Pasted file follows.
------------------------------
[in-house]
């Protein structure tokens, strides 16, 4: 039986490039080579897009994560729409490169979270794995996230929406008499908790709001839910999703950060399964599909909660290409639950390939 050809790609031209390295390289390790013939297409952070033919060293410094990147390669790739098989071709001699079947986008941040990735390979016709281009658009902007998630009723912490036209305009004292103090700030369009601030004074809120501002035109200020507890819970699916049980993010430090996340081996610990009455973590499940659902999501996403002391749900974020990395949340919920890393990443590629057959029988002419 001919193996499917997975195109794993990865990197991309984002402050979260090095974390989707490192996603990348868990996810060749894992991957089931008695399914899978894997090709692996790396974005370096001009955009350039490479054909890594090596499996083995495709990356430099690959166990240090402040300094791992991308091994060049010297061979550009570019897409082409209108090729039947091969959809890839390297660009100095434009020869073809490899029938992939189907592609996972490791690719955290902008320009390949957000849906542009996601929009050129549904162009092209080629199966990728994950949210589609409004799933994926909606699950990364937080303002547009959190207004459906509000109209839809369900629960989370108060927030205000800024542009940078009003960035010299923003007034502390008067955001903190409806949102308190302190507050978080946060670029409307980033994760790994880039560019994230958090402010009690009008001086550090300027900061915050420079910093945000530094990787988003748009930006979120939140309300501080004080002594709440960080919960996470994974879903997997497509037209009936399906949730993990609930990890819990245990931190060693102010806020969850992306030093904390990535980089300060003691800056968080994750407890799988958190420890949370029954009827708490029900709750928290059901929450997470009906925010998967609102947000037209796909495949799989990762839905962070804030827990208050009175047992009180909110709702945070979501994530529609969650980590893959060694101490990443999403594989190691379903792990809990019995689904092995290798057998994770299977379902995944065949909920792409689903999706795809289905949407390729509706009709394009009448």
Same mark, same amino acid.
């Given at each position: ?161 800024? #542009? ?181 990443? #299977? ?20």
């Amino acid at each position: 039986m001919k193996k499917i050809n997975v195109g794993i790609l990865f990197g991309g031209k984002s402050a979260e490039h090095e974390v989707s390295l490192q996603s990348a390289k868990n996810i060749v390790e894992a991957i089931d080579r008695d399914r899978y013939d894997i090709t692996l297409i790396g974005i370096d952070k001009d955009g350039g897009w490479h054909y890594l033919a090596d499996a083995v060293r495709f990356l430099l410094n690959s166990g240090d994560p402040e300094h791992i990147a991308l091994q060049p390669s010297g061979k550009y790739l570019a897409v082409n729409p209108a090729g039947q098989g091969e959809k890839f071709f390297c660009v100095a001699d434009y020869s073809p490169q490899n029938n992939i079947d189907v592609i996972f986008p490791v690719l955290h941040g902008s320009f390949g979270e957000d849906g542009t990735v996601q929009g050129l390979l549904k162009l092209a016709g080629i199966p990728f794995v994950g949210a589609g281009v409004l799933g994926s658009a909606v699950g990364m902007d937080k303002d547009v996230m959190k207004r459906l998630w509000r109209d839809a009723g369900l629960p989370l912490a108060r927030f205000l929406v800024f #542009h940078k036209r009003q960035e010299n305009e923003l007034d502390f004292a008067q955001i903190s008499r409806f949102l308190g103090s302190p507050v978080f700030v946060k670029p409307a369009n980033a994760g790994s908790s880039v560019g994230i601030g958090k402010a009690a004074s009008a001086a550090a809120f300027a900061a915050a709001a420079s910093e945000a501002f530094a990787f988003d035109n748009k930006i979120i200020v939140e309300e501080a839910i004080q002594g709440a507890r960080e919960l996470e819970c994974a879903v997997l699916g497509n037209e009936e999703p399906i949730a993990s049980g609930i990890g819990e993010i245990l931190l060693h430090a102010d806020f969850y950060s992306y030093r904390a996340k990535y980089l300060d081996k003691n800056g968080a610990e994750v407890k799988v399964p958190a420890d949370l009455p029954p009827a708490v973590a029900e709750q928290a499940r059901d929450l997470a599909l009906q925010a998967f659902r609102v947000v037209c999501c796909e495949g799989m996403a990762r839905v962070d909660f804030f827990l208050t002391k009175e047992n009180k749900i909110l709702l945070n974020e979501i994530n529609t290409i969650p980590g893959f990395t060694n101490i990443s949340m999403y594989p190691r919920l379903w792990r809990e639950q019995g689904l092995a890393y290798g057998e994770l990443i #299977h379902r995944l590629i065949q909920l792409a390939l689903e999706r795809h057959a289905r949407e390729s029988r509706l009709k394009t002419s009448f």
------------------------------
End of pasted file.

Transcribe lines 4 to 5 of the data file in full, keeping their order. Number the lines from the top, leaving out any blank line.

């Given at each position: ?161 800024? #542009? ?181 990443? #299977? ?20």
């Amino acid at each position: 039986m001919k193996k499917i050809n997975v195109g794993i790609l990865f990197g991309g031209k984002s402050a979260e490039h090095e974390v989707s390295l490192q996603s990348a390289k868990n996810i060749v390790e894992a991957i089931d080579r008695d399914r899978y013939d894997i090709t692996l297409i790396g974005i370096d952070k001009d955009g350039g897009w490479h054909y890594l033919a090596d499996a083995v060293r495709f990356l430099l410094n690959s166990g240090d994560p402040e300094h791992i990147a991308l091994q060049p390669s010297g061979k550009y790739l570019a897409v082409n729409p209108a090729g039947q098989g091969e959809k890839f071709f390297c660009v100095a001699d434009y020869s073809p490169q490899n029938n992939i079947d189907v592609i996972f986008p490791v690719l955290h941040g902008s320009f390949g979270e957000d849906g542009t990735v996601q929009g050129l390979l549904k162009l092209a016709g080629i199966p990728f794995v994950g949210a589609g281009v409004l799933g994926s658009a909606v699950g990364m902007d937080k303002d547009v996230m959190k207004r459906l998630w509000r109209d839809a009723g369900l629960p989370l912490a108060r927030f205000l929406v800024f #542009h940078k036209r009003q960035e010299n305009e923003l007034d502390f004292a008067q955001i903190s008499r409806f949102l308190g103090s302190p507050v978080f700030v946060k670029p409307a369009n980033a994760g790994s908790s880039v560019g994230i601030g958090k402010a009690a004074s009008a001086a550090a809120f300027a900061a915050a709001a420079s910093e945000a501002f530094a990787f988003d035109n748009k930006i979120i200020v939140e309300e501080a839910i004080q002594g709440a507890r960080e919960l996470e819970c994974a879903v997997l699916g497509n037209e009936e999703p399906i949730a993990s049980g609930i990890g819990e993010i245990l931190l060693h430090a102010d806020f969850y950060s992306y030093r904390a996340k990535y980089l300060d081996k003691n800056g968080a610990e994750v407890k799988v399964p958190a420890d949370l009455p029954p009827a708490v973590a029900e709750q928290a499940r059901d929450l997470a599909l009906q925010a998967f659902r609102v947000v037209c999501c796909e495949g799989m996403a990762r839905v962070d909660f804030f827990l208050t002391k009175e047992n009180k749900i909110l709702l945070n974020e979501i994530n529609t290409i969650p980590g893959f990395t060694n101490i990443s949340m999403y594989p190691r919920l379903w792990r809990e639950q019995g689904l092995a890393y290798g057998e994770l990443i #299977h379902r995944l590629i065949q909920l792409a390939l689903e999706r795809h057959a289905r949407e390729s029988r509706l009709k394009t002419s009448f």